One of my favorite parts of data science is using previously untapped data sources to inform decision making in ways that were not possible just a few years ago. However, a common pitfall of data-driven decision making is to try to replace intuition and common sense with scatter plots and p-Values, inevitably leading to incorrect interpretations and sub-optimal decisions being made.
For example, imagine you work for a nonprofit organization, and are responsible for assigning street teams to specific New York City subway stops to canvas for your employer's upcoming gala. Being the in-the-know analyst you are, you are aware that MTA makes their turnstile count data, reporting cumulative subway entrances and exits by station and time, publicly available.
"How nifty!", you think. I just have to tally up the number of entrances and exits for each station over my analysis period, and send street teams to the most heavily trafficked stations. Problem solved. And then, to show off your matplotlib chops, you create a fancy bar graph like the one below, which shows average hourly traffic over the period 4/11/2015 through 5/30/2015. Using your analysis, you recommend that your boss send canvassers to 42nd St-Grand Central Station and 34th Street-Herald Square, by far the busiest stations on the map.
However, while Grand Central and Herald Square are certainly the most heavily trafficked stations overall, are they truly the optimal stations to send teams to? Will sending street teams to the busiest stations optimize your organization's exposure, or will your street teams simply be overwhelmed by the throngs passing through those stations? Further, is reaching the most number of people the ultimate priority for your organization? Or is it more important to reach a specific type of person, such as a potential donor or someone more likely to be interested in your organization's work?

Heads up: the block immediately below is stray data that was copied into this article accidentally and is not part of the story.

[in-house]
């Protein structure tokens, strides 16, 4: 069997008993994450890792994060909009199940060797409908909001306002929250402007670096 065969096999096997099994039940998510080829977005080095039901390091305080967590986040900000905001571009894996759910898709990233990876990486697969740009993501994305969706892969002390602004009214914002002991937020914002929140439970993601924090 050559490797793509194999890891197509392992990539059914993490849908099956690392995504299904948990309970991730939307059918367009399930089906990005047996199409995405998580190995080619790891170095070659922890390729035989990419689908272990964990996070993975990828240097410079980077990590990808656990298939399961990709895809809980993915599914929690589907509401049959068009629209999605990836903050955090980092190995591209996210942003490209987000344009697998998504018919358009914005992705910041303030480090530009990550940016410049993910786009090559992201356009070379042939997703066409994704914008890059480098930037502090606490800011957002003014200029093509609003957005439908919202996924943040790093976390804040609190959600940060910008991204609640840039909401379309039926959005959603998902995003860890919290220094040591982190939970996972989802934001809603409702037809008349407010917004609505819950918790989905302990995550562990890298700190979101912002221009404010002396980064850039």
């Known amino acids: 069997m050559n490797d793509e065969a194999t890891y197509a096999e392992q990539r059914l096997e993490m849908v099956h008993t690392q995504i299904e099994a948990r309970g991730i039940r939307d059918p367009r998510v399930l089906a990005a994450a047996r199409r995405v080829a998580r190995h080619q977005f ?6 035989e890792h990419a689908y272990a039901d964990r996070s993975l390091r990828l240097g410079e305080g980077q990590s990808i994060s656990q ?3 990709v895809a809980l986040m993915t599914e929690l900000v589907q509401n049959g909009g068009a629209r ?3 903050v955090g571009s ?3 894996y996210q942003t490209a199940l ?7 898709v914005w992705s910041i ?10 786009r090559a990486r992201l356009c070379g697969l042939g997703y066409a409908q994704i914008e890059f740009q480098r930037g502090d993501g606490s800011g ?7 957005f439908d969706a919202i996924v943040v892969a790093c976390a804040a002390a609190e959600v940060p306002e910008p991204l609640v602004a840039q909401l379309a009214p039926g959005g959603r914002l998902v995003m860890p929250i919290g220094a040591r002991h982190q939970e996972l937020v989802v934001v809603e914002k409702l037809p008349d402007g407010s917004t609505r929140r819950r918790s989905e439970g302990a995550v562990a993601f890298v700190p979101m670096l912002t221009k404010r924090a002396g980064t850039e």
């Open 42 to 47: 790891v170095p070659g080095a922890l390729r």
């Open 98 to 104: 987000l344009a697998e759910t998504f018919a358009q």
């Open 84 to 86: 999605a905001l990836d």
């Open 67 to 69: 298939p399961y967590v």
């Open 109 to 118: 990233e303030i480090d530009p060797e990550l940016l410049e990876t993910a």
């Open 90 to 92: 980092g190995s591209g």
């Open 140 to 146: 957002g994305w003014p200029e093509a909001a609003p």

The map below shows the top 5 busiest stations overall (yellow), top 5 most affluent stations, as measured by median income in the census tract where the station is located (red), and top 5 busiest stations close to universities (blue) and tech hubs (green). (Our nonprofit organization deals with women in the technology industry, so I'm assuming stations close to tech hubs and universities are more likely to attract potentially interested persons).
As shown, there is very little overlap between the busiest stations overall, most affluent stations, and busiest stations close to tech hubs and universities. No single station makes the "top five" in more than one category. Further, the wide geographic spread of the top five ranked stations in each category indicates the optimal street placement will depend heavily on the organization's priorities. If attracting affluent potential donors is the most important priority of your organization, sending teams to midtown as opposed to SoHo, Tribeca and Greenwich Village is probably not going to be the most effective strategy.
This example illustrates the double-edged sword of data. Data is a powerful tool for informing decision making, but can also lead to bad decisions when it is used as a substitute for careful thought, common sense, and a clear understanding of the problem you are trying to solve. In the brave new world of big data, it is as important as ever to think before you do.
Take a look at the GitHub repo here as well.